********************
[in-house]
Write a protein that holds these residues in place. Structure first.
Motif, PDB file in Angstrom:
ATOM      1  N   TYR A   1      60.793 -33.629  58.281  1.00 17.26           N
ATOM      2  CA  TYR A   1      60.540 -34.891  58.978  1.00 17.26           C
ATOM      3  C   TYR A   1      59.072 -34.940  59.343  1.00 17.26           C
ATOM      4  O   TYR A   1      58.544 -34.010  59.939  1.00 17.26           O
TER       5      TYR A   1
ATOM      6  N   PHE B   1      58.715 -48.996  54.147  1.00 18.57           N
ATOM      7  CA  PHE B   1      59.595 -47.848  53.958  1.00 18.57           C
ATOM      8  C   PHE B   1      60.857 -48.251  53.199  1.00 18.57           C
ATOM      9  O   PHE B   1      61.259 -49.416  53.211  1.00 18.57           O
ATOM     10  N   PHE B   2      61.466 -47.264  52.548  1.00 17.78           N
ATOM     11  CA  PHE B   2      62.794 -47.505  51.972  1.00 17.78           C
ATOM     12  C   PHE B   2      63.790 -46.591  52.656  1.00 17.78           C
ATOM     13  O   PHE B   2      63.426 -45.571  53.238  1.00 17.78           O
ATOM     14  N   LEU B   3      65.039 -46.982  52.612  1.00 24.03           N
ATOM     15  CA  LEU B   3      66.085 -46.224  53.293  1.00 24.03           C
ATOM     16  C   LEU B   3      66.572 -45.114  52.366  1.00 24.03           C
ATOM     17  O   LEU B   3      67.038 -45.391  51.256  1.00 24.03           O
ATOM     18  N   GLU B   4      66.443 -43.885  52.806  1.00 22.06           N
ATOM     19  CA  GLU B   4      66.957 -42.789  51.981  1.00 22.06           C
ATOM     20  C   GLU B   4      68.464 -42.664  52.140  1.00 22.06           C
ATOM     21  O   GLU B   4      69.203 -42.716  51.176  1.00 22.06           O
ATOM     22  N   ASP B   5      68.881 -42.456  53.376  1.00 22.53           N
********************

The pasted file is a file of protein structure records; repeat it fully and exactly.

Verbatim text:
[in-house]
Write a protein that holds these residues in place. Structure first.
Motif, PDB file in Angstrom:
ATOM      1  N   TYR A   1      60.793 -33.629  58.281  1.00 17.26           N
ATOM      2  CA  TYR A   1      60.540 -34.891  58.978  1.00 17.26           C
ATOM      3  C   TYR A   1      59.072 -34.940  59.343  1.00 17.26           C
ATOM      4  O   TYR A   1      58.544 -34.010  59.939  1.00 17.26           O
TER       5      TYR A   1
ATOM      6  N   PHE B   1      58.715 -48.996  54.147  1.00 18.57           N
ATOM      7  CA  PHE B   1      59.595 -47.848  53.958  1.00 18.57           C
ATOM      8  C   PHE B   1      60.857 -48.251  53.199  1.00 18.57           C
ATOM      9  O   PHE B   1      61.259 -49.416  53.211  1.00 18.57           O
ATOM     10  N   PHE B   2      61.466 -47.264  52.548  1.00 17.78           N
ATOM     11  CA  PHE B   2      62.794 -47.505  51.972  1.00 17.78           C
ATOM     12  C   PHE B   2      63.790 -46.591  52.656  1.00 17.78           C
ATOM     13  O   PHE B   2      63.426 -45.571  53.238  1.00 17.78           O
ATOM     14  N   LEU B   3      65.039 -46.982  52.612  1.00 24.03           N
ATOM     15  CA  LEU B   3      66.085 -46.224  53.293  1.00 24.03           C
ATOM     16  C   LEU B   3      66.572 -45.114  52.366  1.00 24.03           C
ATOM     17  O   LEU B   3      67.038 -45.391  51.256  1.00 24.03           O
ATOM     18  N   GLU B   4      66.443 -43.885  52.806  1.00 22.06           N
ATOM     19  CA  GLU B   4      66.957 -42.789  51.981  1.00 22.06           C
ATOM     20  C   GLU B   4      68.464 -42.664  52.140  1.00 22.06           C
ATOM     21  O   GLU B   4      69.203 -42.716  51.176  1.00 22.06           O
ATOM     22  N   ASP B   5      68.881 -42.456  53.376  1.00 22.53           N